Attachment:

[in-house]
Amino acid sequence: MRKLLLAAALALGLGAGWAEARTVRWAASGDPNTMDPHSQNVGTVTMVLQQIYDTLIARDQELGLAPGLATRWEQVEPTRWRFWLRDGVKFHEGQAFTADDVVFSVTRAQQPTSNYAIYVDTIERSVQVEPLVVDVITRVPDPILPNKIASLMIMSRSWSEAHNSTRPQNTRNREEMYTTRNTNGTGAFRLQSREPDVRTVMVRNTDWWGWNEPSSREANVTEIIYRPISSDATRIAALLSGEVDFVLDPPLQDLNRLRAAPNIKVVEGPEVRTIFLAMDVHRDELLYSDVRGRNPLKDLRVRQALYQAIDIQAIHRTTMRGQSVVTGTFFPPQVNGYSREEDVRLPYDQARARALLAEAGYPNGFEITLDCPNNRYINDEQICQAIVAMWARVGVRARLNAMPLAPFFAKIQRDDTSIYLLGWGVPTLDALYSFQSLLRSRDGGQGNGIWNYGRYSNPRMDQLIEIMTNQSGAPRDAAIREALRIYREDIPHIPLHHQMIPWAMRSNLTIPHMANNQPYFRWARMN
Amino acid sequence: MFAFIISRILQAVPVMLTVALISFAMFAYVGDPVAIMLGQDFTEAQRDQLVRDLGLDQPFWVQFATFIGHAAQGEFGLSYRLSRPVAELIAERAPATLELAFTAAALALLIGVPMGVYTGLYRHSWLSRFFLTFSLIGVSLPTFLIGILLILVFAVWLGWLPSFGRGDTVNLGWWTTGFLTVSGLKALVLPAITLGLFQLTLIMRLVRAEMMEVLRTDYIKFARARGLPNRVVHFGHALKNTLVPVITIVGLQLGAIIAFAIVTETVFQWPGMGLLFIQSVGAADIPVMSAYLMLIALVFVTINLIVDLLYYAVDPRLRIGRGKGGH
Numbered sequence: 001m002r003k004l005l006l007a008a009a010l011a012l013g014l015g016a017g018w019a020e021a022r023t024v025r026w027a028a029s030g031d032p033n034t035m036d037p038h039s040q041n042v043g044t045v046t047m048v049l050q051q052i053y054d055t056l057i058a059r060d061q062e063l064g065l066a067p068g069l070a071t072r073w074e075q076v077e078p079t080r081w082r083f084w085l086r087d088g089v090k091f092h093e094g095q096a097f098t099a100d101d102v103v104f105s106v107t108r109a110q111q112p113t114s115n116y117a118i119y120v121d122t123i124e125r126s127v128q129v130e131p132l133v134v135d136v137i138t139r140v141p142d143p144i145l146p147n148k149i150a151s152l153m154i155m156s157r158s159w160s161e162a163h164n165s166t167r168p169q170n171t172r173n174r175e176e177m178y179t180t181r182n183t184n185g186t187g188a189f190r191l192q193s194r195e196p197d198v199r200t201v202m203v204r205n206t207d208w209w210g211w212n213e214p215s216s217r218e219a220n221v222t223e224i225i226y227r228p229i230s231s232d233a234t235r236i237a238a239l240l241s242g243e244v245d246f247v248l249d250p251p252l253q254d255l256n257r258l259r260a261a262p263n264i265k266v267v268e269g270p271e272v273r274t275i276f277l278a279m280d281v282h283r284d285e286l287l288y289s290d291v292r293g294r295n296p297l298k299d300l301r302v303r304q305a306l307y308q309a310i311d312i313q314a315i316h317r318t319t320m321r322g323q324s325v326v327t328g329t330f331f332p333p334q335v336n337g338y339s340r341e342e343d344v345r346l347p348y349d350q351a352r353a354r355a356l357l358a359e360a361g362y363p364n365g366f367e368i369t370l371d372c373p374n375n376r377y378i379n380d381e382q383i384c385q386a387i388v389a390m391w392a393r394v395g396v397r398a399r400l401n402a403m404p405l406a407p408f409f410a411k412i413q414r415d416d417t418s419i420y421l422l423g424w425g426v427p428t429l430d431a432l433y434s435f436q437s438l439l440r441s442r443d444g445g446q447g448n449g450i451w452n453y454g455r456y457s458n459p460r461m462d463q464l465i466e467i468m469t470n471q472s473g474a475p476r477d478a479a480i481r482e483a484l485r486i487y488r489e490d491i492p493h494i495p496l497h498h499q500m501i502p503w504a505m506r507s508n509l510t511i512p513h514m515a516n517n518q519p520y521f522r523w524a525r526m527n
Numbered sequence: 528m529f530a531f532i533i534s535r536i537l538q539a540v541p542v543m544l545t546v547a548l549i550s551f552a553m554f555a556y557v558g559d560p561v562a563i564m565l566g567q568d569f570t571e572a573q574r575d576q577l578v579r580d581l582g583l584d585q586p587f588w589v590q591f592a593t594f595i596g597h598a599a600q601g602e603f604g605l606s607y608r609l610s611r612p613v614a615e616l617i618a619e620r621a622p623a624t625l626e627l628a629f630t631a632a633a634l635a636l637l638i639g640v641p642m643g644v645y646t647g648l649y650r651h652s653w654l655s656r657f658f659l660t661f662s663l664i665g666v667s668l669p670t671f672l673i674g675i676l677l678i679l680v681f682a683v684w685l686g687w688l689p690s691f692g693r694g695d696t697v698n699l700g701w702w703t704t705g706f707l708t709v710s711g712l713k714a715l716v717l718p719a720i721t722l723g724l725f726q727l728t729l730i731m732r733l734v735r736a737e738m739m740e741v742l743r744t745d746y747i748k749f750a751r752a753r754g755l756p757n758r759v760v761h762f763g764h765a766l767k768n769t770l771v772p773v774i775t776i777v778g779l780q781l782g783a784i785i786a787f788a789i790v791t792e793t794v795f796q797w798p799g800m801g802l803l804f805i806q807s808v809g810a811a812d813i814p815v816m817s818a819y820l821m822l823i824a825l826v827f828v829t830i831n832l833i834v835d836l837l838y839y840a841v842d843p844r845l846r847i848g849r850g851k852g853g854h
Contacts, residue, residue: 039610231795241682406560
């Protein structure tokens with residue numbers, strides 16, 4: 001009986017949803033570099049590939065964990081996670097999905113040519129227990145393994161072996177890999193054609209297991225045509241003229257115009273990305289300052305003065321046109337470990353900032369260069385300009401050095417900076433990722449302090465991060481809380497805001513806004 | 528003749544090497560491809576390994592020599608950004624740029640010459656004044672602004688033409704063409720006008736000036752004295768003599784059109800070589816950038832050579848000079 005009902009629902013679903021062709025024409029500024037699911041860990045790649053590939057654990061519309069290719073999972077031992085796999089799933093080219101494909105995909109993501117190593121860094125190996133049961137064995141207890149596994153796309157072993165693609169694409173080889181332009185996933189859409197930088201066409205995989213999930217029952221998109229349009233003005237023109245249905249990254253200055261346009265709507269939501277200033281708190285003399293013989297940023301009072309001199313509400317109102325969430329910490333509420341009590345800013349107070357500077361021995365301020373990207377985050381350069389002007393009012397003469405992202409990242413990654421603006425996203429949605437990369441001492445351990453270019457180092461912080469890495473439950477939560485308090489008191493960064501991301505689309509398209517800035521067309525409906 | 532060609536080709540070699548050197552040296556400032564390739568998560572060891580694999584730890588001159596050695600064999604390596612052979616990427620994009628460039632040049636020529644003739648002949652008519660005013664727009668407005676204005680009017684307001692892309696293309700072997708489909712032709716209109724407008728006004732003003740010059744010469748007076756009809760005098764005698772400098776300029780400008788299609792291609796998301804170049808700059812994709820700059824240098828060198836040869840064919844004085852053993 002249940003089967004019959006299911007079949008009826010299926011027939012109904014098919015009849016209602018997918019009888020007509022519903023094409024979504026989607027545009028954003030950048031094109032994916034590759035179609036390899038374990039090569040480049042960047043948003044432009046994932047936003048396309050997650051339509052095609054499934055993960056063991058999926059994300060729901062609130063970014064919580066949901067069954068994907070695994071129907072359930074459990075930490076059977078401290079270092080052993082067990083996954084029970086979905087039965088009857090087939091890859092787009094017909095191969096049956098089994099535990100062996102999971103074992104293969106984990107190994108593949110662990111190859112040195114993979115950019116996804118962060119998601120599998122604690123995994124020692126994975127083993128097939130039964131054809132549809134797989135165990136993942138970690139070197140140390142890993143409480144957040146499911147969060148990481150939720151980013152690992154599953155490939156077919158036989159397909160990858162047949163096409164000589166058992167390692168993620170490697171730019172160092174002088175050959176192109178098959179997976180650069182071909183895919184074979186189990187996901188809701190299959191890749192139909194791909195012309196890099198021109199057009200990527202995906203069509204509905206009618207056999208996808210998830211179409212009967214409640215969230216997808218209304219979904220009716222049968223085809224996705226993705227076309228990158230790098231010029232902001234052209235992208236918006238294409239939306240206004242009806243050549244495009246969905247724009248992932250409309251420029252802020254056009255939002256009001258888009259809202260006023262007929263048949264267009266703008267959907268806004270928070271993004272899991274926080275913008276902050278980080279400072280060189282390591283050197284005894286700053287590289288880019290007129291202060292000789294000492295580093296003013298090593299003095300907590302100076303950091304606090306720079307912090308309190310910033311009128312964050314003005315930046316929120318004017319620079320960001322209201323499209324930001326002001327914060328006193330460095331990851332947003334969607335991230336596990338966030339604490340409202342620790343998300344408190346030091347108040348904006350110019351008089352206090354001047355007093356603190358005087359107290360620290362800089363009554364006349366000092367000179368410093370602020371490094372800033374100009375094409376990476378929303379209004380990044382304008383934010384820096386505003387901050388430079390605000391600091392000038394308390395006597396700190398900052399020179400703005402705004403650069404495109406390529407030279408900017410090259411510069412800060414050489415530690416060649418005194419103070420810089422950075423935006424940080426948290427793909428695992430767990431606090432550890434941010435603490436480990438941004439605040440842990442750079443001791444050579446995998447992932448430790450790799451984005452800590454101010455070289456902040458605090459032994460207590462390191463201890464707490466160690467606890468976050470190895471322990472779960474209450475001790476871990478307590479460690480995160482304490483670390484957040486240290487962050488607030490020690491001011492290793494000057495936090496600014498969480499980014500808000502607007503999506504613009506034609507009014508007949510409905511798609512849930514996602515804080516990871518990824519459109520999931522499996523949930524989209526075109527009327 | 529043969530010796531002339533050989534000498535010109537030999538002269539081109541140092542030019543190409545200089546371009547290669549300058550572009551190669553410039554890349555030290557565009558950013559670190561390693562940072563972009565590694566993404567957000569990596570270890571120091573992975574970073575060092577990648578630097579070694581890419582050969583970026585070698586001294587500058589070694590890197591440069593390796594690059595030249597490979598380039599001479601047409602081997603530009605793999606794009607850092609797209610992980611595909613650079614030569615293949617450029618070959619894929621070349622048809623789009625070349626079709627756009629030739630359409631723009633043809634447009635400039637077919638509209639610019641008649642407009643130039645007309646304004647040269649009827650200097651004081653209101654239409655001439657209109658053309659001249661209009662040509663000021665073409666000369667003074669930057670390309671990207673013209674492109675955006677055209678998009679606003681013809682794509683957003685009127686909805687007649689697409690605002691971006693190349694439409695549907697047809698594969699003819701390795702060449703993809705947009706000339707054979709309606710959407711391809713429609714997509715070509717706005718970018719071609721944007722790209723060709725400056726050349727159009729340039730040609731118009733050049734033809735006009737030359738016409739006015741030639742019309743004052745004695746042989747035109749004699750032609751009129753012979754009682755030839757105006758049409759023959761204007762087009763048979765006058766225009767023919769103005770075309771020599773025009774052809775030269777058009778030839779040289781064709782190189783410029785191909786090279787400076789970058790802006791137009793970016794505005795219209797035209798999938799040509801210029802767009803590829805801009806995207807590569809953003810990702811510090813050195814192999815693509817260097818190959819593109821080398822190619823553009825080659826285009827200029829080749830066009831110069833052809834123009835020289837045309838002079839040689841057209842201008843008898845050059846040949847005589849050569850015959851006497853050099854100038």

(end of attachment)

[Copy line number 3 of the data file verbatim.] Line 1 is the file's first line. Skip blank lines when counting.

Amino acid sequence: MFAFIISRILQAVPVMLTVALISFAMFAYVGDPVAIMLGQDFTEAQRDQLVRDLGLDQPFWVQFATFIGHAAQGEFGLSYRLSRPVAELIAERAPATLELAFTAAALALLIGVPMGVYTGLYRHSWLSRFFLTFSLIGVSLPTFLIGILLILVFAVWLGWLPSFGRGDTVNLGWWTTGFLTVSGLKALVLPAITLGLFQLTLIMRLVRAEMMEVLRTDYIKFARARGLPNRVVHFGHALKNTLVPVITIVGLQLGAIIAFAIVTETVFQWPGMGLLFIQSVGAADIPVMSAYLMLIALVFVTINLIVDLLYYAVDPRLRIGRGKGGH